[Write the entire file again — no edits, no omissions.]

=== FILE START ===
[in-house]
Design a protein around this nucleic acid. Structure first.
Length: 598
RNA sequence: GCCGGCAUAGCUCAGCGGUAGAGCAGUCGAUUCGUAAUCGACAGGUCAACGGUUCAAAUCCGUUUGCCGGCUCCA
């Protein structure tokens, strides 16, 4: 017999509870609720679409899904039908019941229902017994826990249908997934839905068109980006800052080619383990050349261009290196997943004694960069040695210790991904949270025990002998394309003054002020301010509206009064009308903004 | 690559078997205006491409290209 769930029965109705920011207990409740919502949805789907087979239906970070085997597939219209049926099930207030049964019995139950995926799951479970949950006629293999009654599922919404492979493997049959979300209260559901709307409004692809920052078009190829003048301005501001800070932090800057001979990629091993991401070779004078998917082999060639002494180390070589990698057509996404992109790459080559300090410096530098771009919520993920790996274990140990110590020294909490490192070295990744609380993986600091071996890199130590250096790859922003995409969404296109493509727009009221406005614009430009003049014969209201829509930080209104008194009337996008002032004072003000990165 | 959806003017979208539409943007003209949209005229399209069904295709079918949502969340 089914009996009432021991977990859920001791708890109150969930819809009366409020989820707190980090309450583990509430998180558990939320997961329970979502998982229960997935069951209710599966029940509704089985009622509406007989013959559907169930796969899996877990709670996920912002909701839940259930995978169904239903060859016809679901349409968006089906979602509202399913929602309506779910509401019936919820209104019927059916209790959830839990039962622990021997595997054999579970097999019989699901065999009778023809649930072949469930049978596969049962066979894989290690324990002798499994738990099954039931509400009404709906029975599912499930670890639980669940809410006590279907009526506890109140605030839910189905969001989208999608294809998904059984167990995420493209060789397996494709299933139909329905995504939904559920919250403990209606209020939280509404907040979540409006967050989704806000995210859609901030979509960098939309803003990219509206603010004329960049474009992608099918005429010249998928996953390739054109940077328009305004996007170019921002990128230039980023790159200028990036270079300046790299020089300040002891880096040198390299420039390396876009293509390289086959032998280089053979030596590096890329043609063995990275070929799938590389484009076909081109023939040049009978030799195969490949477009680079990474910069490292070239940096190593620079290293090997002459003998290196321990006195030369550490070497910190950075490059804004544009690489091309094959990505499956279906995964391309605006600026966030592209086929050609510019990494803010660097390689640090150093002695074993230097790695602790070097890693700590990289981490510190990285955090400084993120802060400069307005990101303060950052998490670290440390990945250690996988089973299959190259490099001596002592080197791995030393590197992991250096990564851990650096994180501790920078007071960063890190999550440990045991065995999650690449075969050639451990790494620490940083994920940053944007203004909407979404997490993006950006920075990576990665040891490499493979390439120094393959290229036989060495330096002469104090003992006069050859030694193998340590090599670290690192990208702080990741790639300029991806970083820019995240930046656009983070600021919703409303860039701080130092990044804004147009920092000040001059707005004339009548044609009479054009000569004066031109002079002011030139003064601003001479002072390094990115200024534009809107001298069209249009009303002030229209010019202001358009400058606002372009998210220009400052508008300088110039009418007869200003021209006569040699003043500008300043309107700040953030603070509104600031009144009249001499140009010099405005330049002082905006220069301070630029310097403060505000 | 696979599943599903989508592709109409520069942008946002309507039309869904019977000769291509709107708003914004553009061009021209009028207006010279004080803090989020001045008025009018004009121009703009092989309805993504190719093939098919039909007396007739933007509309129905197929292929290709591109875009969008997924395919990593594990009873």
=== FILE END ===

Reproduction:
[in-house]
Design a protein around this nucleic acid. Structure first.
Length: 598
RNA sequence: GCCGGCAUAGCUCAGCGGUAGAGCAGUCGAUUCGUAAUCGACAGGUCAACGGUUCAAAUCCGUUUGCCGGCUCCA
């Protein structure tokens, strides 16, 4: 017999509870609720679409899904039908019941229902017994826990249908997934839905068109980006800052080619383990050349261009290196997943004694960069040695210790991904949270025990002998394309003054002020301010509206009064009308903004 | 690559078997205006491409290209 769930029965109705920011207990409740919502949805789907087979239906970070085997597939219209049926099930207030049964019995139950995926799951479970949950006629293999009654599922919404492979493997049959979300209260559901709307409004692809920052078009190829003048301005501001800070932090800057001979990629091993991401070779004078998917082999060639002494180390070589990698057509996404992109790459080559300090410096530098771009919520993920790996274990140990110590020294909490490192070295990744609380993986600091071996890199130590250096790859922003995409969404296109493509727009009221406005614009430009003049014969209201829509930080209104008194009337996008002032004072003000990165 | 959806003017979208539409943007003209949209005229399209069904295709079918949502969340 089914009996009432021991977990859920001791708890109150969930819809009366409020989820707190980090309450583990509430998180558990939320997961329970979502998982229960997935069951209710599966029940509704089985009622509406007989013959559907169930796969899996877990709670996920912002909701839940259930995978169904239903060859016809679901349409968006089906979602509202399913929602309506779910509401019936919820209104019927059916209790959830839990039962622990021997595997054999579970097999019989699901065999009778023809649930072949469930049978596969049962066979894989290690324990002798499994738990099954039931509400009404709906029975599912499930670890639980669940809410006590279907009526506890109140605030839910189905969001989208999608294809998904059984167990995420493209060789397996494709299933139909329905995504939904559920919250403990209606209020939280509404907040979540409006967050989704806000995210859609901030979509960098939309803003990219509206603010004329960049474009992608099918005429010249998928996953390739054109940077328009305004996007170019921002990128230039980023790159200028990036270079300046790299020089300040002891880096040198390299420039390396876009293509390289086959032998280089053979030596590096890329043609063995990275070929799938590389484009076909081109023939040049009978030799195969490949477009680079990474910069490292070239940096190593620079290293090997002459003998290196321990006195030369550490070497910190950075490059804004544009690489091309094959990505499956279906995964391309605006600026966030592209086929050609510019990494803010660097390689640090150093002695074993230097790695602790070097890693700590990289981490510190990285955090400084993120802060400069307005990101303060950052998490670290440390990945250690996988089973299959190259490099001596002592080197791995030393590197992991250096990564851990650096994180501790920078007071960063890190999550440990045991065995999650690449075969050639451990790494620490940083994920940053944007203004909407979404997490993006950006920075990576990665040891490499493979390439120094393959290229036989060495330096002469104090003992006069050859030694193998340590090599670290690192990208702080990741790639300029991806970083820019995240930046656009983070600021919703409303860039701080130092990044804004147009920092000040001059707005004339009548044609009479054009000569004066031109002079002011030139003064601003001479002072390094990115200024534009809107001298069209249009009303002030229209010019202001358009400058606002372009998210220009400052508008300088110039009418007869200003021209006569040699003043500008300043309107700040953030603070509104600031009144009249001499140009010099405005330049002082905006220069301070630029310097403060505000 | 696979599943599903989508592709109409520069942008946002309507039309869904019977000769291509709107708003914004553009061009021209009028207006010279004080803090989020001045008025009018004009121009703009092989309805993504190719093939098919039909007396007739933007509309129905197929292929290709591109875009969008997924395919990593594990009873």